I'm just giving back to the community for the next person who is struggling to find a quick, easy answer to this situation.


The problem: While creating a test using chai assertions, you get the message "Undefined function or method  x() ". In this example: " Undefined function or method contain()".


Undefined function or method contain()

The same issue exists for many of the assertions (not just .contain)

To fix this code completion warning in Webstorm 10....


  • Files  - Settings  - Languages and Frameworks  - Javascript - Libraries




  • Download



Download


  • Change the drop selection from Official Libraries to Typescript Community Stubs



 Official Libraries


Typescript community stubs


  • Find chai and select Download and Install





  • Enable chai-DefinitelyTyped 





  • Now, your code checking in Webstorm will recognize the syntax of the chai expectation library.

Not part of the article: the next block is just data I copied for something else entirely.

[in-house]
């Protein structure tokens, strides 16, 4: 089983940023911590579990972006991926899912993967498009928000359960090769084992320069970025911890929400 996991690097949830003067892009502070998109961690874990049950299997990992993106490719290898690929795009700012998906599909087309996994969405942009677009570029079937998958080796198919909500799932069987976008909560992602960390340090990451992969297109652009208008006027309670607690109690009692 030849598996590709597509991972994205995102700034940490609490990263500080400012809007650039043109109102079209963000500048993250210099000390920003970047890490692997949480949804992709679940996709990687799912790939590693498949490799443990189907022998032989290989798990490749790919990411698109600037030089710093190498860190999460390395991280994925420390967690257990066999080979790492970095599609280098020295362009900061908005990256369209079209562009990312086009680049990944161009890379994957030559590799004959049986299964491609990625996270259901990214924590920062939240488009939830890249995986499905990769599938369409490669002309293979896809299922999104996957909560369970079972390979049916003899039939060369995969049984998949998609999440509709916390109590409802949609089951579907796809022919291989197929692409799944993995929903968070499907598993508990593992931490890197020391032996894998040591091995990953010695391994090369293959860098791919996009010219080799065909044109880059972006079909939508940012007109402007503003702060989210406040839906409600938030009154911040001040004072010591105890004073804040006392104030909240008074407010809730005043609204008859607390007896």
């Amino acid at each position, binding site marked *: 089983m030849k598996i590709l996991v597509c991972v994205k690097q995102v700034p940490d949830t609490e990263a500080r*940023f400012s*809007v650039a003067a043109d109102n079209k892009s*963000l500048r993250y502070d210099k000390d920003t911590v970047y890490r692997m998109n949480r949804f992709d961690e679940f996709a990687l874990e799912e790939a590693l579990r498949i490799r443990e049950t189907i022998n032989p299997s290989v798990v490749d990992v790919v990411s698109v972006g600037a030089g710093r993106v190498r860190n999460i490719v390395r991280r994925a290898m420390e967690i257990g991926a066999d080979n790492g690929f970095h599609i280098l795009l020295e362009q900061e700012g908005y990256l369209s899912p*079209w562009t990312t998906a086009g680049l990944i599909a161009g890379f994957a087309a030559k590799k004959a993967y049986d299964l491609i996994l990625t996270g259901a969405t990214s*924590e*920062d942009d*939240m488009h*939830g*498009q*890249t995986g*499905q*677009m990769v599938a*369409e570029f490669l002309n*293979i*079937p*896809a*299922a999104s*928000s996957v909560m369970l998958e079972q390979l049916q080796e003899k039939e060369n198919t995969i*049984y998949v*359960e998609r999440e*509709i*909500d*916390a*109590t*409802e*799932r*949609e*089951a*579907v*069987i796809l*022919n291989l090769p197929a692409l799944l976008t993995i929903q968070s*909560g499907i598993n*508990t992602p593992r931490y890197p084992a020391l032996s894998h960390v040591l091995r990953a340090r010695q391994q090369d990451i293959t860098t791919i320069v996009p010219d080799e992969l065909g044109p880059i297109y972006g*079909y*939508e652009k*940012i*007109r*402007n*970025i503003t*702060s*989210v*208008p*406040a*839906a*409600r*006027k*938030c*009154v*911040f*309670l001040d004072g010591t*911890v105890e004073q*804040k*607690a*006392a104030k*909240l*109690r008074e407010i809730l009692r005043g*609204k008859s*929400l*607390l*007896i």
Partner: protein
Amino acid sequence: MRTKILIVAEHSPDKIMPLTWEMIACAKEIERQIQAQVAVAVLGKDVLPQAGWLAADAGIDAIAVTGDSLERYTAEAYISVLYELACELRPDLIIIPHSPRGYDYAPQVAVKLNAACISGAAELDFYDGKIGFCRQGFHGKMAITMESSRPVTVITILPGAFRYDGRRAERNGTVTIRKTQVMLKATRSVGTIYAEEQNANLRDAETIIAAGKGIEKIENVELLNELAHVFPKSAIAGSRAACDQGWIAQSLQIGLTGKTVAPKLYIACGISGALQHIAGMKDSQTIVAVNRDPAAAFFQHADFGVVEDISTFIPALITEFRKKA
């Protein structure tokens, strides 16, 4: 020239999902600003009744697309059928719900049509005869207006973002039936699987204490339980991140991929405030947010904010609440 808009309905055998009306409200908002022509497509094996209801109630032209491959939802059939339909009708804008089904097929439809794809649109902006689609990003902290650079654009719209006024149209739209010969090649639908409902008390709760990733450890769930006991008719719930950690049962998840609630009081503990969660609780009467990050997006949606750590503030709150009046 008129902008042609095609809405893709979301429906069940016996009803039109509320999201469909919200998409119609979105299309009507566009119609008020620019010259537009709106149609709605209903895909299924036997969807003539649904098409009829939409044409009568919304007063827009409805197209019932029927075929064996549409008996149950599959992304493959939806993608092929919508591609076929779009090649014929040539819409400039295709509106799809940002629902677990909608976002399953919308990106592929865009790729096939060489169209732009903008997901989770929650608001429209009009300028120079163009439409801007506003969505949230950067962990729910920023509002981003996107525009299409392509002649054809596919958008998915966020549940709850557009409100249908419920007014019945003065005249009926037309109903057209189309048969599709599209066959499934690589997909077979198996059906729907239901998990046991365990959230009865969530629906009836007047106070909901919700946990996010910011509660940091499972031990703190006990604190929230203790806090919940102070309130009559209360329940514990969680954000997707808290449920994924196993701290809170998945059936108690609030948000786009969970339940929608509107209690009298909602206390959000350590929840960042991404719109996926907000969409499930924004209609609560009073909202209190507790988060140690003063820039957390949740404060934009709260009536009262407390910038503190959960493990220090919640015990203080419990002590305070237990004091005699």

Notice that the .contain no longer shows as an undefined function or method warning.


Mike Caspar
Passionate About Agile

References:

chai assertion library
chai TypeScript community stub
WebStorm from JetBrains
meta-confirm
nodejs




Tuesday, August 4, 2015

Ask Why. Then sit back and watch the magic happen.

I recently had the pleasure of spending some time with Blueprint Education and Hope High School in Arizona. They have some courageous and amazing teachers who are working to inspire students to make better choices and be champions of their own learning. 

I was reminded again of the power of individual contribution to team goals and the amazing things that can happen when you let others lead the conversation.